Editors (re)View: Innovative takeaways from CPHI

Oct. 27, 2023
Bright ideas shine on the tradeshow floor

Here at Pharma Manufacturing, we always have an eye out for new ideas, but our innovation focus is especially sharp in the fall, as we assemble and finalize our annual Pharma Innovation Awards. So with innovation top-of-mind, the staff of Pharma Manufacturing spent the last three days at CPHI in Barcelona, and the 1800+ exhibitor show did not disappoint. Here are some favorite highlights from our editors. 

The opening day of CPHI is always unique. This year it came with dueling violinists, stilt walkers, break dancing, a somewhat overzealous ribbon-cutting (does it take 7 people to cut a ribbon?) and of course, the annual Pharma Awards ceremony. 

Running a publication that focuses primarily on the pharma plant floor, I was particularly keen on which company would take the ‘Manufacturing Excellence’ category at the awards. 

The honor went to Minnesota-based Luminary Therapeutics, a clinical stage CAR-T therapy company with a novel allogeneic manufacturing platform. The company’s winning platform, Gamma 2.0+, focuses on addressing the many challenges facing CAR-T therapies. The FDA has now approved six CAR-T cell therapies to treat various types of blood cancers. While CAR-T cell therapies have the potential to be revolutionary in cancer care, scaling out manufacturing so that it’s accessible to more patients, as well as high costs of production and long lead times contribute to delays in administering the therapies. 

Luminary, however, takes a unique approach to building an allogeneic cell therapy based on gamma delta cells. The company’s winning allogenic platform decreases dosing delays while improving manufacturing economies of scale. It is designed to cost- effectively deliver large, complex DNA cargo. Ultimately, the platform aims to bring allogeneic cell therapies into the marketplace for under $10,000 — a feat worthy of acknowledgement.— Karen Langhauser

A peek into the future of small batch manufacturing

Among the standout innovations seen on the show floor, the Versynta microBatch took center stage. Designed to ensure quick batch-to-batch transitions and minimize product wastage, the machine is a result of a partnership between Vetter and Syntegon, offering a gloveless, compact working cell that excels in robotic precision on a smaller scale.  

With the growing demand for reduced batch sizes, this fully automated system efficiently manages aseptic and high-potency micro-batches, and points to a future in which personalized medicines and patients are closer than ever. Key advantages of the Versynta microBatch include its gloveless isolator design, reducing bio-decontamination time, and a unique work cell approach that manages air quality without the need for an external building interface, making it ideal for clinical settings.  

The system offers a high degree of standardization, ensuring rapid installation and validation. As a fully automated robotic solution, it is well-suited for applications such as cell and gene therapy, as well as start-ups, offering a high degree of flexibility. The machine is also equipped to handle a wide range of RTU containers, including syringes, cartridges, and vials, accommodating classical stoppers, caps, and press-on caps. It ensures maximum security with 100% in-process control, making it well-prepared for aseptic and high-potency production. — Andrea Corona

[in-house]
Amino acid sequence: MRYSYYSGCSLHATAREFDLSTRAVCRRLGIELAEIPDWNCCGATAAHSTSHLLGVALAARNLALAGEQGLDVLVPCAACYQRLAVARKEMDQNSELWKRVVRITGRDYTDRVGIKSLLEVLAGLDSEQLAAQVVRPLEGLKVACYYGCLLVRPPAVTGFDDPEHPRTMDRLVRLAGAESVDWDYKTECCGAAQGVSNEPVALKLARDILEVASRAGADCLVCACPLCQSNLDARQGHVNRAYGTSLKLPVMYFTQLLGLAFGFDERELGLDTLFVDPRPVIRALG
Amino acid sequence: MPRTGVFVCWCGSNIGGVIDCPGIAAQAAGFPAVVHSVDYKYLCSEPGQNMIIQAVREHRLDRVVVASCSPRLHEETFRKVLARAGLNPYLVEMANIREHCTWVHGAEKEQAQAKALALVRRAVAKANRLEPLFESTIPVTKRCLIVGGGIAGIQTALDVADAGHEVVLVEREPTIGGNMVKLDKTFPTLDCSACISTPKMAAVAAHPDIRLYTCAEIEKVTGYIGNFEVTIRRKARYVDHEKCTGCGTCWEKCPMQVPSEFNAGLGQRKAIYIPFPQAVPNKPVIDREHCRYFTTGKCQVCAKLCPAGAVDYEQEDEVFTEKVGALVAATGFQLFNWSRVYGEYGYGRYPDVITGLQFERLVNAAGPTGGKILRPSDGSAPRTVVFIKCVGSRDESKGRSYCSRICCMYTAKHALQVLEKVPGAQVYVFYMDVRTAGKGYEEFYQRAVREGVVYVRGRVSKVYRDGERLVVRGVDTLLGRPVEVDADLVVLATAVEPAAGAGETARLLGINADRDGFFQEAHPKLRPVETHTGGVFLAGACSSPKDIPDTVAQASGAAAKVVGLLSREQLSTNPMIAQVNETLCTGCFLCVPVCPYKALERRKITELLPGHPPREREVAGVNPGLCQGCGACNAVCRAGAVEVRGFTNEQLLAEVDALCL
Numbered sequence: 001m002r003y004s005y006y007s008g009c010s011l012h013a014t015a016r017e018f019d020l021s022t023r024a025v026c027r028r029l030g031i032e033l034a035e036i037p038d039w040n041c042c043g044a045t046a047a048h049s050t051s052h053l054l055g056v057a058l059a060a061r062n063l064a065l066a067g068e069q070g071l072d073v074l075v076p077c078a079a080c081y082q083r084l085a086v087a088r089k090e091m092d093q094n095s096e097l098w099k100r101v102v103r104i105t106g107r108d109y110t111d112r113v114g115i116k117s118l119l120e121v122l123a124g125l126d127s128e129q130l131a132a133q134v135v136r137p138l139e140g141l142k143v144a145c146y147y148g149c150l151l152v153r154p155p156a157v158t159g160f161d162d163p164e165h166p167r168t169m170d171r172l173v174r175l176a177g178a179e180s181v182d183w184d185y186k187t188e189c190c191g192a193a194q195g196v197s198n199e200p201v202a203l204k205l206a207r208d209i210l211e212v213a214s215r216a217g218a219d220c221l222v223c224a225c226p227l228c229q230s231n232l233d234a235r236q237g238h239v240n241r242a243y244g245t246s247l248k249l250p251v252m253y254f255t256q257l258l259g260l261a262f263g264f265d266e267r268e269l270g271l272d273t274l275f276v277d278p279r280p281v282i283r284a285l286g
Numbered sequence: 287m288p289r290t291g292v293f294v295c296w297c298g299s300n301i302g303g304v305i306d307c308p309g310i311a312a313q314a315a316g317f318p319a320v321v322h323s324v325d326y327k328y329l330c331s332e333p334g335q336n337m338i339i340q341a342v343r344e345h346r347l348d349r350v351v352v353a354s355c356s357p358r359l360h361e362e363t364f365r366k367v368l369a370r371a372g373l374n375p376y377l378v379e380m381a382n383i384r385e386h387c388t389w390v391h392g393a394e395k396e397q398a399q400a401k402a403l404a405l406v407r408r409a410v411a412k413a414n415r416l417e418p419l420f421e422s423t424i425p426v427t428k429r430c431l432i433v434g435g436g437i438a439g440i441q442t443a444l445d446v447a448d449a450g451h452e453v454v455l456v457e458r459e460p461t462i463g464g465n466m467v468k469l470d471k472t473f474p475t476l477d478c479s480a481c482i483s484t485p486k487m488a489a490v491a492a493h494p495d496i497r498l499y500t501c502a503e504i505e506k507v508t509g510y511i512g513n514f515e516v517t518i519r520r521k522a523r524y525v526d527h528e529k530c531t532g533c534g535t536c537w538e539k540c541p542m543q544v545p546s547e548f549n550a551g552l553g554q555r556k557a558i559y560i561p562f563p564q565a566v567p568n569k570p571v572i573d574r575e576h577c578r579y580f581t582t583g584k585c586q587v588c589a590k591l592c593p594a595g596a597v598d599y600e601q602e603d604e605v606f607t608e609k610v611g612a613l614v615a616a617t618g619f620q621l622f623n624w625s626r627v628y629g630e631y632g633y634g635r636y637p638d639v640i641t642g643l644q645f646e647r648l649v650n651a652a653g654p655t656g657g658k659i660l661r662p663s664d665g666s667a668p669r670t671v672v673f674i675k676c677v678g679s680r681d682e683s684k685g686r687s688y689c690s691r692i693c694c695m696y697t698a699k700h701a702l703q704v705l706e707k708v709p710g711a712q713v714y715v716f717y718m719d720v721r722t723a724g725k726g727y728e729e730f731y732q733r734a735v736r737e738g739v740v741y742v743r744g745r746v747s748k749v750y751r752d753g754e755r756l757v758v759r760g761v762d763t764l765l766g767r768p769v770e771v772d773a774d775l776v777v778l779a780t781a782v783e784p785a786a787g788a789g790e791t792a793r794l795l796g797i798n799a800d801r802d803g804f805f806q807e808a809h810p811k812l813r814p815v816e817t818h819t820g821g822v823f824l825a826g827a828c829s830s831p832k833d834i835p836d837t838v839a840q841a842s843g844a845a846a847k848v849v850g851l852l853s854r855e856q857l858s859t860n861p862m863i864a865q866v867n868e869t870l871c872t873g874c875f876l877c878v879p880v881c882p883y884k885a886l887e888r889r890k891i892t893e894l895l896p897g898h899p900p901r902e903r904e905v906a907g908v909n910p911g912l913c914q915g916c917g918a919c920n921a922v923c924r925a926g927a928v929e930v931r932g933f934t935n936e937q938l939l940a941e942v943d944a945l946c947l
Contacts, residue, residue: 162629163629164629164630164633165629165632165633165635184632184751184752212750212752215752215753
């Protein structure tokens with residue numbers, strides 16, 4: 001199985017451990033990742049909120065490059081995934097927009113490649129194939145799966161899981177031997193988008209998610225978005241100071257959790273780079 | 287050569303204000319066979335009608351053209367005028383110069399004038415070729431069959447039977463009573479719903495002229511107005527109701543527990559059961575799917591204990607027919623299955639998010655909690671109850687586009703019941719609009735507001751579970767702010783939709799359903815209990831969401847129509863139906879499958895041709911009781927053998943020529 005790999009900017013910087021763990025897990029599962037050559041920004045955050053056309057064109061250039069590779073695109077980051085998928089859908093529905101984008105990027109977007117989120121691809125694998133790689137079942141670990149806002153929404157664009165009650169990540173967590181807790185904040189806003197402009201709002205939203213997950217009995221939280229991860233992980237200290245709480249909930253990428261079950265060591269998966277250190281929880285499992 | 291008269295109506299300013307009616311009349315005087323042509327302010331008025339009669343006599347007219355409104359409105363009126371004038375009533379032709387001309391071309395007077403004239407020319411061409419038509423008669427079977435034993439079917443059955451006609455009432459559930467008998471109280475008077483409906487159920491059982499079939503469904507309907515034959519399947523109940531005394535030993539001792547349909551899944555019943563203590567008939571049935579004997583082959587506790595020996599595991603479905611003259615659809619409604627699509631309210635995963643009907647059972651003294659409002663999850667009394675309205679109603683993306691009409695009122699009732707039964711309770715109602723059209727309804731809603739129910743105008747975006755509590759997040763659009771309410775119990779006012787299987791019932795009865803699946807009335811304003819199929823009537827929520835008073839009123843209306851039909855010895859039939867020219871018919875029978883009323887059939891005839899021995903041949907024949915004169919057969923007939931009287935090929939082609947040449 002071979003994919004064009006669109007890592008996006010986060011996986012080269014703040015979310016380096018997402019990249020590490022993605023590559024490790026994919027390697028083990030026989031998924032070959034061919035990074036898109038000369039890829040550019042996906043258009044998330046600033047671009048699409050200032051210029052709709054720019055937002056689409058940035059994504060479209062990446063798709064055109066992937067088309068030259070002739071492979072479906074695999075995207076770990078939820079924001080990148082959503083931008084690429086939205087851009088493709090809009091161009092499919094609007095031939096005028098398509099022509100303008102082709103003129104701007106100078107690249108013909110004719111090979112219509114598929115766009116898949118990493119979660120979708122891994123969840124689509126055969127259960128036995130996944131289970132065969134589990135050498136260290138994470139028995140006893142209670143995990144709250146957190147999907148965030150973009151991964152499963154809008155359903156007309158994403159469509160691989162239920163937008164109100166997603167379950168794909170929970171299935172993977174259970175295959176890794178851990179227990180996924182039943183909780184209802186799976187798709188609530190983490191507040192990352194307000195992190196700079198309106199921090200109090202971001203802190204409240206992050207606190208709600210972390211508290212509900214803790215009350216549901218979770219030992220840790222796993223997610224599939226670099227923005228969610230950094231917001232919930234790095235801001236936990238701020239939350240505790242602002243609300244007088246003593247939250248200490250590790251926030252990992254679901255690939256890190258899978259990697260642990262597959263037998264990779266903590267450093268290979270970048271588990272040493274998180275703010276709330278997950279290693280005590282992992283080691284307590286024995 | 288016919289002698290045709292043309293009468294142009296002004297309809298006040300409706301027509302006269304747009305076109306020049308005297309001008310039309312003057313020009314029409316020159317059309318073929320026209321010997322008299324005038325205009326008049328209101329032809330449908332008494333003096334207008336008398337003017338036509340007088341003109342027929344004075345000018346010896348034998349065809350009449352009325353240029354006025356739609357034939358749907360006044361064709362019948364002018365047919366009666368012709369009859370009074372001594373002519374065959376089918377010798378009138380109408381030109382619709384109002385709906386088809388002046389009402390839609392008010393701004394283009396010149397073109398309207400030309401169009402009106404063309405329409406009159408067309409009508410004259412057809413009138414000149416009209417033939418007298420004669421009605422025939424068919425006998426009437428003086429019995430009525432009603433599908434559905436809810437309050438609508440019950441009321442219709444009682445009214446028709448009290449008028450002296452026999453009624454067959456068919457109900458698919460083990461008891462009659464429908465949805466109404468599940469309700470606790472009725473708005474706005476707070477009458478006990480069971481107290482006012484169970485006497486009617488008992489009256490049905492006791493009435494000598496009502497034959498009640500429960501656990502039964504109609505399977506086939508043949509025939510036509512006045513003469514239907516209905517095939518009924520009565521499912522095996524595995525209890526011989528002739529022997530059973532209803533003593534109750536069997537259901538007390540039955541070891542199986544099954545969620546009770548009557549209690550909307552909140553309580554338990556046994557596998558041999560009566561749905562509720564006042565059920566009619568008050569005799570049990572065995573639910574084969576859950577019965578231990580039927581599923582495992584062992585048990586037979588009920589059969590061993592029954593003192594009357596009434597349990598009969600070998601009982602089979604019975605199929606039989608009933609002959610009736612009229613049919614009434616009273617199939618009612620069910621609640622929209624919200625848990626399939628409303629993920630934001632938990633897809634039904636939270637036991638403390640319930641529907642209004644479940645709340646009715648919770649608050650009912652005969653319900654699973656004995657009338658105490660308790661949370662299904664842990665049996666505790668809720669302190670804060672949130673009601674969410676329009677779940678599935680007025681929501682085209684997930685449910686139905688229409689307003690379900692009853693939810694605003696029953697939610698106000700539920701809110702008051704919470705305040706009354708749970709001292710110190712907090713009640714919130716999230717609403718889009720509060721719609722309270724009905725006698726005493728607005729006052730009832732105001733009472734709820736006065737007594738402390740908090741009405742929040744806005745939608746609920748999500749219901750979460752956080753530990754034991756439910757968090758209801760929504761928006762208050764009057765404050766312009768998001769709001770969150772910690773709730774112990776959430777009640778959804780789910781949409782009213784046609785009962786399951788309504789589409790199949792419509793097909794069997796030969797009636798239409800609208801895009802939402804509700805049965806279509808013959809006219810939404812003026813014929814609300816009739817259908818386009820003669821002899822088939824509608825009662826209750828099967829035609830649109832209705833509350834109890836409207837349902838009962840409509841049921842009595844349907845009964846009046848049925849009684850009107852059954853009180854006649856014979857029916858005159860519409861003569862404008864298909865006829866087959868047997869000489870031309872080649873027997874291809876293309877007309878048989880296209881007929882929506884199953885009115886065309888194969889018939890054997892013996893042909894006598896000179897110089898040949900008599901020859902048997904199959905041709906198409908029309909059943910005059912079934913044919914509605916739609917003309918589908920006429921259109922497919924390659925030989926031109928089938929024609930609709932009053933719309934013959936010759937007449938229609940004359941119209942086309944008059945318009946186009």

Also, the entire staff of Pharma Manufacturing would like to give a shoutout to our mysterious ‘tradeshow Goldilocks,’ who, after trying our many booths, found that ours was ‘just right’ for her afternoon siesta! 

About the Author

Andrea Corona | Senior Editor

Andrea Corona serves as the Senior Editor of Pharma Manufacturing — a leading source of news and insights for pharma professionals — and is responsible for creation of editorial content, moderating webinars, and co-hosting the "Off script" podcast. Her editorial journey started as an as associate editor at Biocompare, an online platform providing product information, industry news, articles, and other resources to support scientists in their work. Before Biocompare, she was a digital producer at Science Friday, focusing on adapting radio segments for the web and social media management. Andrea earned her bachelor's degree in journalism and biology from the State University of New York, at Purchase College. 
About the Author

Karen P. Langhauser | Chief Content Director, Pharma Manufacturing

Karen currently serves as Pharma Manufacturing's chief content director.

Now having dedicated her entire career to b2b journalism, Karen got her start writing for Food Manufacturing magazine. She made the decision to trade food for drugs in 2013, when she joined Putman Media as the digital content manager for Pharma Manufacturing, later taking the helm on the brand in 2016.

As an award-winning journalist with 20+ years experience writing in the manufacturing space, Karen passionately believes that b2b content does not have to suck. As the content director, her ongoing mission has been to keep Pharma Manufacturing's editorial look, tone and content fresh and accessible.

Karen graduated with honors from Bucknell University, where she majored in English and played Division 1 softball for the Bison. Happily living in NJ's famed Asbury Park, Karen is a retired Garden State Rollergirl, known to the roller derby community as the 'Predator-in-Chief.'